The community raised concerns again, saying the development would increase traffic from heavy-duty trucks, trading coal pollution for diesel pollution.

“I picketed against it,” said Hernández.

The project proceeded and the demolition of the old plant began in the midst of the COVID-19 pandemic, when concerns about respiratory ailments were high.

At 8 a.m. on a Saturday, the implosion of the 400-foot smokestack blanketed Little Village in a mixture of mercury, sulfur dioxide, nitrogen oxides, dirt and other pollutants from coal soot, according to a lawsuit filed against Hilco and its contractors by Illinois Attorney General Kwame Raoul in May 2020.

Hernández lives about half a mile from the site. She was home with her 77-year-old mother when the dust cloud descended, coating her house in a thick layer of dark gray. Even though she closed her windows, she said she found a dusty film on her furniture and floors. Dust likely entered many houses in her neighborhood through cracks in old windows and foundations, she said.

The week after the dust cloud, Hernández said she was coughing, sneezing, congested, short of breath, and had a pressure headache and itchy eyes. Ever since, strong smells like perfume and car exhaust can trigger the allergylike symptoms again.

Before the dust storm, Hernández enjoyed gardening in her backyard. But seeing the effect on her home and body, she can’t imagine turning over the soil to grow fruits, vegetables and flowers like she used to.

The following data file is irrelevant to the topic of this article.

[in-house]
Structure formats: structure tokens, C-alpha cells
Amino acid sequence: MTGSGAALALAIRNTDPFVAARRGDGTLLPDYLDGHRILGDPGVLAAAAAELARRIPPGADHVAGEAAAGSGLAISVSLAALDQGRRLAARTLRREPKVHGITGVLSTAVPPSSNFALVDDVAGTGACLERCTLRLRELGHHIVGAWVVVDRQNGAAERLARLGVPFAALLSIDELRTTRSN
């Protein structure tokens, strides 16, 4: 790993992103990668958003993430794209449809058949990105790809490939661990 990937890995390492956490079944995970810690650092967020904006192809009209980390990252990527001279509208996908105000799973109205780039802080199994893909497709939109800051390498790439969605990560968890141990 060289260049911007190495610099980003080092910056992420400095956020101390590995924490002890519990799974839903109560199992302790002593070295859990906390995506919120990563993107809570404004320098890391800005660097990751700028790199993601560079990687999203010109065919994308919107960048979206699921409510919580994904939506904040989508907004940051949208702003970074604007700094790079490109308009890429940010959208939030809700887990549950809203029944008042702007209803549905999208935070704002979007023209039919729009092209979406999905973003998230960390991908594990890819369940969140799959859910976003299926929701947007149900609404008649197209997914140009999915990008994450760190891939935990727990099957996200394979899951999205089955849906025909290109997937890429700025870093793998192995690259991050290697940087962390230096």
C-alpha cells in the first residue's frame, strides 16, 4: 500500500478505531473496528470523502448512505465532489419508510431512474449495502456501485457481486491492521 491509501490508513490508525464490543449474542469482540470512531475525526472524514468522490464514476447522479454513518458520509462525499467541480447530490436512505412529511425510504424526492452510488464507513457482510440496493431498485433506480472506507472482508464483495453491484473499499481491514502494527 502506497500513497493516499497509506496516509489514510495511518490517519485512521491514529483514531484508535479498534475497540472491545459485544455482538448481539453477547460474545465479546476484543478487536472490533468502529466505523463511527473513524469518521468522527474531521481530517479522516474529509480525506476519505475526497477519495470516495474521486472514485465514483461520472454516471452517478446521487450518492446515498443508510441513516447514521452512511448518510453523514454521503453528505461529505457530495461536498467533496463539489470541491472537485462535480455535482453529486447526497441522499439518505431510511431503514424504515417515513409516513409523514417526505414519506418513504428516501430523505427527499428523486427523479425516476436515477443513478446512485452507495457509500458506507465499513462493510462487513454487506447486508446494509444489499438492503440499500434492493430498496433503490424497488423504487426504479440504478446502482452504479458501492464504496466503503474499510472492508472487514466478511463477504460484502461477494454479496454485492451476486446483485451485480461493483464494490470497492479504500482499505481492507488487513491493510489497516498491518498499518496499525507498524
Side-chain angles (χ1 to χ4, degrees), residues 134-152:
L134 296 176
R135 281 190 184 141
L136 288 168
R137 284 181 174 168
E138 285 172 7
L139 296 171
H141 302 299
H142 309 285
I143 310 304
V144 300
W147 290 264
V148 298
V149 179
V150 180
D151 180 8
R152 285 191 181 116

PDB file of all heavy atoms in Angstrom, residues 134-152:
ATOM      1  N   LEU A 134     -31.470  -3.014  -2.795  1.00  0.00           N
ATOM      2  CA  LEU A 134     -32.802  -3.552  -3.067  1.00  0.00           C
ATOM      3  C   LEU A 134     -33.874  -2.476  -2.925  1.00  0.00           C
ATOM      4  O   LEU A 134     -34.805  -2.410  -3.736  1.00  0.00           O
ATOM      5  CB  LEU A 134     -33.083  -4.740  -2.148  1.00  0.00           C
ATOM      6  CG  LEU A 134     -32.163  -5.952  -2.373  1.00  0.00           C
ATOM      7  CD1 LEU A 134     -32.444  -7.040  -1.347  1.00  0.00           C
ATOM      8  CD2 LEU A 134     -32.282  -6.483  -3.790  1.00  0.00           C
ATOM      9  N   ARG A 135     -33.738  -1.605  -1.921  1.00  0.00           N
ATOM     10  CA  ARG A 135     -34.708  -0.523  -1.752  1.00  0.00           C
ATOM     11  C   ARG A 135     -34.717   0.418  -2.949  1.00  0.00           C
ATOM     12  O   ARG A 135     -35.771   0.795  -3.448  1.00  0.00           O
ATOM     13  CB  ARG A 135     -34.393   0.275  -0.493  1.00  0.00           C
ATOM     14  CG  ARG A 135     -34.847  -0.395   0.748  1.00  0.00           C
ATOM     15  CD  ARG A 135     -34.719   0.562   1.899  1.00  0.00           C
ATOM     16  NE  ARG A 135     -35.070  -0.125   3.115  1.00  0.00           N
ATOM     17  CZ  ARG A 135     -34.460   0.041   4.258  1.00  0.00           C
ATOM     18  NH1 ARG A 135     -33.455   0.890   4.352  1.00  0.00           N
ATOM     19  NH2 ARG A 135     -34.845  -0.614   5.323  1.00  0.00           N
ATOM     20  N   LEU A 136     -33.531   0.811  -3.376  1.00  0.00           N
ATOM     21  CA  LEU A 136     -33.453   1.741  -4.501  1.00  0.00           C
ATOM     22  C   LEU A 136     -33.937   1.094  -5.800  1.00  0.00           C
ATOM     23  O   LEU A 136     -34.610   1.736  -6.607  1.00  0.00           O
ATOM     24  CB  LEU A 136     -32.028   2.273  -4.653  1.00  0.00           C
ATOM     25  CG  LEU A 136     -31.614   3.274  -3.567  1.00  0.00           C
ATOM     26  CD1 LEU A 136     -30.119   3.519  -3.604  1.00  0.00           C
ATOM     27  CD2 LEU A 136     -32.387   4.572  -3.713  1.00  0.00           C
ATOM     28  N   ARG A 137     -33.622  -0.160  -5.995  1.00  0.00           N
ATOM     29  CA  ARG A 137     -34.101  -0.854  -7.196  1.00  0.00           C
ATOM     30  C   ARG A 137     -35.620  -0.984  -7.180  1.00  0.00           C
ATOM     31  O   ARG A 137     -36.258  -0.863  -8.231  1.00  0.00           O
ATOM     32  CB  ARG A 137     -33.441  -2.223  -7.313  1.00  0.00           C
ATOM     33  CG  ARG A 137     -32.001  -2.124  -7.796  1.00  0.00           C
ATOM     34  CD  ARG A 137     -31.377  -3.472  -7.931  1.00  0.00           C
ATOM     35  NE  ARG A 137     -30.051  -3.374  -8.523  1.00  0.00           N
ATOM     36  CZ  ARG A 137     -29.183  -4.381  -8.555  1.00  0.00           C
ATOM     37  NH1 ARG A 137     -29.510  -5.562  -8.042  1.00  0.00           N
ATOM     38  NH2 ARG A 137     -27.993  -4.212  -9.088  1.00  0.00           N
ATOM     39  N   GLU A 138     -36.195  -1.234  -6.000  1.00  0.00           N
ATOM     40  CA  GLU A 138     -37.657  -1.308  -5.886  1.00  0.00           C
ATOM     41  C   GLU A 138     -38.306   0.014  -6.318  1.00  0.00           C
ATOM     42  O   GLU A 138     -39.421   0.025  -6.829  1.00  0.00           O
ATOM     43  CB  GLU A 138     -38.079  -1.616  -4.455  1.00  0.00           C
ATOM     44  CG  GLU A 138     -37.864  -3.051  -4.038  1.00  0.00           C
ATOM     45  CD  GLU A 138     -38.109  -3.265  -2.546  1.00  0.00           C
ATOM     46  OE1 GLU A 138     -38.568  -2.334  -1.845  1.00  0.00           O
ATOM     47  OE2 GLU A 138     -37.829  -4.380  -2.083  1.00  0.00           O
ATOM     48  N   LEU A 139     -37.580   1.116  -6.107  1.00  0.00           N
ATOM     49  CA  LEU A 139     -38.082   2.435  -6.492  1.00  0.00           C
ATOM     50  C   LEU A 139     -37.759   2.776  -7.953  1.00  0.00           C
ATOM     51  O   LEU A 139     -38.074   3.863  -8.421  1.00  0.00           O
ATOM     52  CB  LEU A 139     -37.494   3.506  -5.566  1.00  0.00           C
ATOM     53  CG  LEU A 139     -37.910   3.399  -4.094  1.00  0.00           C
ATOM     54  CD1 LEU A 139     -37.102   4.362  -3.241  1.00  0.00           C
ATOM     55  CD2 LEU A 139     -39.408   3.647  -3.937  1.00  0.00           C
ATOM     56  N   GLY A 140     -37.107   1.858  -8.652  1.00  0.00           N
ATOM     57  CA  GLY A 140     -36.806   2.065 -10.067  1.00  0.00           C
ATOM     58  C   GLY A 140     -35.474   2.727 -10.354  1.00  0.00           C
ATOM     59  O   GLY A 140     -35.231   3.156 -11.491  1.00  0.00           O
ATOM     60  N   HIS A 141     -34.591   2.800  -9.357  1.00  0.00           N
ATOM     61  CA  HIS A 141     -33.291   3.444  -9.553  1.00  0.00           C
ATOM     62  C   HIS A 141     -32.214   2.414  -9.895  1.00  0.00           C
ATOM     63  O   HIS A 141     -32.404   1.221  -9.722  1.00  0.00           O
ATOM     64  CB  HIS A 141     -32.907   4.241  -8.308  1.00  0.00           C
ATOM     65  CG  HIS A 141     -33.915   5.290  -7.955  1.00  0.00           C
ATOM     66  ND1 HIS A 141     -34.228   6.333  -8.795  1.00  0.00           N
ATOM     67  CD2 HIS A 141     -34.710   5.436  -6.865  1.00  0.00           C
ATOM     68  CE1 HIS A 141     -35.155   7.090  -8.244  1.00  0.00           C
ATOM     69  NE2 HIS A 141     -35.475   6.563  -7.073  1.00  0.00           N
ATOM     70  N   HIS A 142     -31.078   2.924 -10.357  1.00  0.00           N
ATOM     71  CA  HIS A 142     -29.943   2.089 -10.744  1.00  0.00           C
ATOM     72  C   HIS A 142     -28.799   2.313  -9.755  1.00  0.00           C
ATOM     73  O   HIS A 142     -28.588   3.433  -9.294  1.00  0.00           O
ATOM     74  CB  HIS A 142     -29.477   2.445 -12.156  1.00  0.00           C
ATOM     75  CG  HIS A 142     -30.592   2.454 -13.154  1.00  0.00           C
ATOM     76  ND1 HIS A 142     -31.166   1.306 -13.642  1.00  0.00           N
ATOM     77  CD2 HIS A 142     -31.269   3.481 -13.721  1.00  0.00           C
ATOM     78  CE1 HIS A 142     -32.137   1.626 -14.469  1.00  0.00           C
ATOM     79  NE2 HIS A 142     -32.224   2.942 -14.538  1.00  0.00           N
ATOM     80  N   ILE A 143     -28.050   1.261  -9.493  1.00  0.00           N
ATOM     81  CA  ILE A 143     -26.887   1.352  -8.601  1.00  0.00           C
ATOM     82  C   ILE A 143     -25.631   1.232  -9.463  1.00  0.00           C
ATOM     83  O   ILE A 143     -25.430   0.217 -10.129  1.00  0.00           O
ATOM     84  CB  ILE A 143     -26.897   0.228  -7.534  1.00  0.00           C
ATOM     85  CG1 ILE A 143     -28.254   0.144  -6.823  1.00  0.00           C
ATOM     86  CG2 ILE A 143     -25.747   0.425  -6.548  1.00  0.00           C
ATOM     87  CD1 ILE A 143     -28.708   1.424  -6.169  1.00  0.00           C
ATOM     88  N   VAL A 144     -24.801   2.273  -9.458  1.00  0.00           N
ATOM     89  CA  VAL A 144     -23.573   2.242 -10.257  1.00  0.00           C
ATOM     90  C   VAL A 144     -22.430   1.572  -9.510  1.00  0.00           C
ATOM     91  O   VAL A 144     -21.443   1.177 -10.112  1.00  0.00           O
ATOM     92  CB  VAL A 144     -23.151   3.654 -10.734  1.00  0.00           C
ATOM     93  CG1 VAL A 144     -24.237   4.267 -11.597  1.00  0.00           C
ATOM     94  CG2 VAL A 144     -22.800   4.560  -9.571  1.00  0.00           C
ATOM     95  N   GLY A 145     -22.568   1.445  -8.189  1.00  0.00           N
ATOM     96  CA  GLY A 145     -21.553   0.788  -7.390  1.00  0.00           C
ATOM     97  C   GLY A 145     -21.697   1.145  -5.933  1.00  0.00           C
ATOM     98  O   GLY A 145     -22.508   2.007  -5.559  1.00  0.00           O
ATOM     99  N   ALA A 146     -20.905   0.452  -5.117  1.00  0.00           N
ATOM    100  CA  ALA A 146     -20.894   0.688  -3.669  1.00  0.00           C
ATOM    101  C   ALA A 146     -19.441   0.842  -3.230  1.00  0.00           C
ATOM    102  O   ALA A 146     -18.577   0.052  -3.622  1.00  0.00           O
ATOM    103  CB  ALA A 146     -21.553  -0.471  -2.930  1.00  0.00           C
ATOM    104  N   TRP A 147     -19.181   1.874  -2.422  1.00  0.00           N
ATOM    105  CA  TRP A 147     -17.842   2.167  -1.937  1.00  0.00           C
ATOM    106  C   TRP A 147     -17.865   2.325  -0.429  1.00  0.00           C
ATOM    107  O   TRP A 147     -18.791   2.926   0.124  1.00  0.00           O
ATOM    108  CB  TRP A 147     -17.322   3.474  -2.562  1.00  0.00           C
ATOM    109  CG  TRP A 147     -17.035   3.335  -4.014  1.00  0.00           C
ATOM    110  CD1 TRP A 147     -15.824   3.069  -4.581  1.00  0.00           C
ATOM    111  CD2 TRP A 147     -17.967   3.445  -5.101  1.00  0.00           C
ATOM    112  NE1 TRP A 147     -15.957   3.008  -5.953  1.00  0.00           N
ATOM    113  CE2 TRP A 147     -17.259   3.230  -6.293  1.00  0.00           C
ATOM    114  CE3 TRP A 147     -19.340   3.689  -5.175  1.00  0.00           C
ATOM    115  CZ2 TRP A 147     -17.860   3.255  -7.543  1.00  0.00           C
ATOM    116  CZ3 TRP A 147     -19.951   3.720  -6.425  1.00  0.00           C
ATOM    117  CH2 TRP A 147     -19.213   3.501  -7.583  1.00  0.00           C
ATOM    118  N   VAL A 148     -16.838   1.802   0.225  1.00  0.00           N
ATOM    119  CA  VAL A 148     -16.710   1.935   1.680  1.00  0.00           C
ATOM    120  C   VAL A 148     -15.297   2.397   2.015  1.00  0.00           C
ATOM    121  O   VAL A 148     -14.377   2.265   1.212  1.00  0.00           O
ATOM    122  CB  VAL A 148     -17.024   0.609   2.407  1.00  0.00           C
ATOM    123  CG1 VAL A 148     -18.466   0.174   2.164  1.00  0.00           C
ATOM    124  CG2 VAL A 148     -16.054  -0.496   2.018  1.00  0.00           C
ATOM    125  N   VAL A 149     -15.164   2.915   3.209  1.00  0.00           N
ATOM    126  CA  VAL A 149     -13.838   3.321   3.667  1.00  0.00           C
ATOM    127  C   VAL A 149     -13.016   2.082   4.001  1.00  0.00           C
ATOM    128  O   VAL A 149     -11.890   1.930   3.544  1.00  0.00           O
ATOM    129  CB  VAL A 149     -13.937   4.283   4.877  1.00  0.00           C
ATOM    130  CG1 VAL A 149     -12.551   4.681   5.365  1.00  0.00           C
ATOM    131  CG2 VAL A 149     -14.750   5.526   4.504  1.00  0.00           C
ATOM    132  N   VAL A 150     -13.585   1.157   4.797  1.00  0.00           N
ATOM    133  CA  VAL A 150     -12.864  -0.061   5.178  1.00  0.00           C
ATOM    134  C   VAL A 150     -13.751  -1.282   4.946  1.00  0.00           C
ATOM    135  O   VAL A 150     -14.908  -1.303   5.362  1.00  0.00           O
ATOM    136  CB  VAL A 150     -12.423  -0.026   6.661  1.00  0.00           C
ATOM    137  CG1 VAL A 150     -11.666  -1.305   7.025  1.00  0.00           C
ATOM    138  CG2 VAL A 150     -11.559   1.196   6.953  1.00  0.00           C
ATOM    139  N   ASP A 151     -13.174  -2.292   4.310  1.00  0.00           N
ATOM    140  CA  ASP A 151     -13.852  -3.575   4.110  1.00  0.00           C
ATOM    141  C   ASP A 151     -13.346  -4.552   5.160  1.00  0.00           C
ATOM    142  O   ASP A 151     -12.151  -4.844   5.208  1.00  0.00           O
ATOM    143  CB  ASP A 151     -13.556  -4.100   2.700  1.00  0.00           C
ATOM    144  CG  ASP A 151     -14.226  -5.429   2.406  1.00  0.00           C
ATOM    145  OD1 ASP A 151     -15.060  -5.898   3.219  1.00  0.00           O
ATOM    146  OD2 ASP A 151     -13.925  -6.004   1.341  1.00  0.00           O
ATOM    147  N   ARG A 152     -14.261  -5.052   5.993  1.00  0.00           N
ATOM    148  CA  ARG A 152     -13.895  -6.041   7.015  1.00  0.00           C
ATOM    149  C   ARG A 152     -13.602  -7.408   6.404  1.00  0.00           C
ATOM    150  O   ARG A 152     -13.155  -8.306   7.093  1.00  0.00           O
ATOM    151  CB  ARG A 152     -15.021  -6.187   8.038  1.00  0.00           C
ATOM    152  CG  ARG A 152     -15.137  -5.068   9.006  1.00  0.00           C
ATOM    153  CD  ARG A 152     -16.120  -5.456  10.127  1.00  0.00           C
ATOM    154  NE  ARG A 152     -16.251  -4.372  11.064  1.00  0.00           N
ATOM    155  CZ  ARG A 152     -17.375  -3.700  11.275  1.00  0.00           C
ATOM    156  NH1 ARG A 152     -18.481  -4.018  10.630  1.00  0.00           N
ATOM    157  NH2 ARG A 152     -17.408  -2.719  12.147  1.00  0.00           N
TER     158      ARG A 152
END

“We can’t do anything back there anymore. We don’t know what’s in the soil,” she said.

Genaro Contreras, 60, also lost something he enjoyed to the dust.

Well-known in the community for riding his bike around the neighborhood, Contreras can’t ride as far or as frequently because of health complications.

Three days after the implosion, Contreras said he also began having trouble breathing, feeling fatigued and experienced sharp pressure in his chest. Today, he said he suffers from chronic shortness of breath and chest pains. His wheezing is audible.

Costly medical care and long wait times at free clinics have prevented him from getting the care he needs without health insurance.

Hernández and Contreras said they are certain their health problems were caused by toxins from the dust storm. According to the attorney general’s lawsuit, the dust cloud contained particulate matter, which can cause aggravated asthma, decreased lung function and increase respiratory symptoms.

For many residents, the major concern is health. Contreras wants Hilco to provide medical insurance so he can pay the outstanding medical bills from his hospital visits and see specialists for his wheezing and chest pains.

“The truth is that I don’t want money. I want help with my health. I want to return to the healthy state I was in before. Money doesn’t solve things or anyone’s health,” said Contreras, who spoke in Spanish through an interpreter.

Changing the system

Ferguson’s office completed the Hilco report in September 2021. Despite calls from residents and the City Council, the administration of Mayor Lori Lightfoot refused to release the report.

After the report was leaked in February, a spokesperson for the administration said, “As the mayor and others stated at the time of the incident, the implosion at the former Crawford Generating Power Plant was an unacceptable event. Contractor negligence and failures led to the dust cloud that created fear and trauma in Little Village. This administration took swift, public action to hold those responsible accountable.”

The city fined Hilco and its contractors $68,000 and ceased all implosions for six months after the incident.